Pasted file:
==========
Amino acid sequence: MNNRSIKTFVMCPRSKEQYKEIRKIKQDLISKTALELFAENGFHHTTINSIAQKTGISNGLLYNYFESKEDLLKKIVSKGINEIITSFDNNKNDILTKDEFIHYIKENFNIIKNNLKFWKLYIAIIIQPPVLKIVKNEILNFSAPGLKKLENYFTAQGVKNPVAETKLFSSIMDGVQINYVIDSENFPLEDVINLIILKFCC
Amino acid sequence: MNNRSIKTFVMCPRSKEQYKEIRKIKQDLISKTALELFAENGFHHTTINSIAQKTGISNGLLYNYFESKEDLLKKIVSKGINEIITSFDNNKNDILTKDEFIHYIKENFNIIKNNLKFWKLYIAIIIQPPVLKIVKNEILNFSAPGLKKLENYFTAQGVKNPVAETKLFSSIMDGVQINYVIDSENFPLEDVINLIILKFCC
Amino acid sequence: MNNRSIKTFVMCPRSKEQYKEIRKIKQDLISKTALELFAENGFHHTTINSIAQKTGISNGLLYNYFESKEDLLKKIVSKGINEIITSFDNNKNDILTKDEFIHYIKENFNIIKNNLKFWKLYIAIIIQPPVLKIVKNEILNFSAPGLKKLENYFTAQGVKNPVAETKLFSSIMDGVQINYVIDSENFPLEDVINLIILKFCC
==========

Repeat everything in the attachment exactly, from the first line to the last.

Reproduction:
Amino acid sequence: MNNRSIKTFVMCPRSKEQYKEIRKIKQDLISKTALELFAENGFHHTTINSIAQKTGISNGLLYNYFESKEDLLKKIVSKGINEIITSFDNNKNDILTKDEFIHYIKENFNIIKNNLKFWKLYIAIIIQPPVLKIVKNEILNFSAPGLKKLENYFTAQGVKNPVAETKLFSSIMDGVQINYVIDSENFPLEDVINLIILKFCC
Amino acid sequence: MNNRSIKTFVMCPRSKEQYKEIRKIKQDLISKTALELFAENGFHHTTINSIAQKTGISNGLLYNYFESKEDLLKKIVSKGINEIITSFDNNKNDILTKDEFIHYIKENFNIIKNNLKFWKLYIAIIIQPPVLKIVKNEILNFSAPGLKKLENYFTAQGVKNPVAETKLFSSIMDGVQINYVIDSENFPLEDVINLIILKFCC
Amino acid sequence: MNNRSIKTFVMCPRSKEQYKEIRKIKQDLISKTALELFAENGFHHTTINSIAQKTGISNGLLYNYFESKEDLLKKIVSKGINEIITSFDNNKNDILTKDEFIHYIKENFNIIKNNLKFWKLYIAIIIQPPVLKIVKNEILNFSAPGLKKLENYFTAQGVKNPVAETKLFSSIMDGVQINYVIDSENFPLEDVINLIILKFCC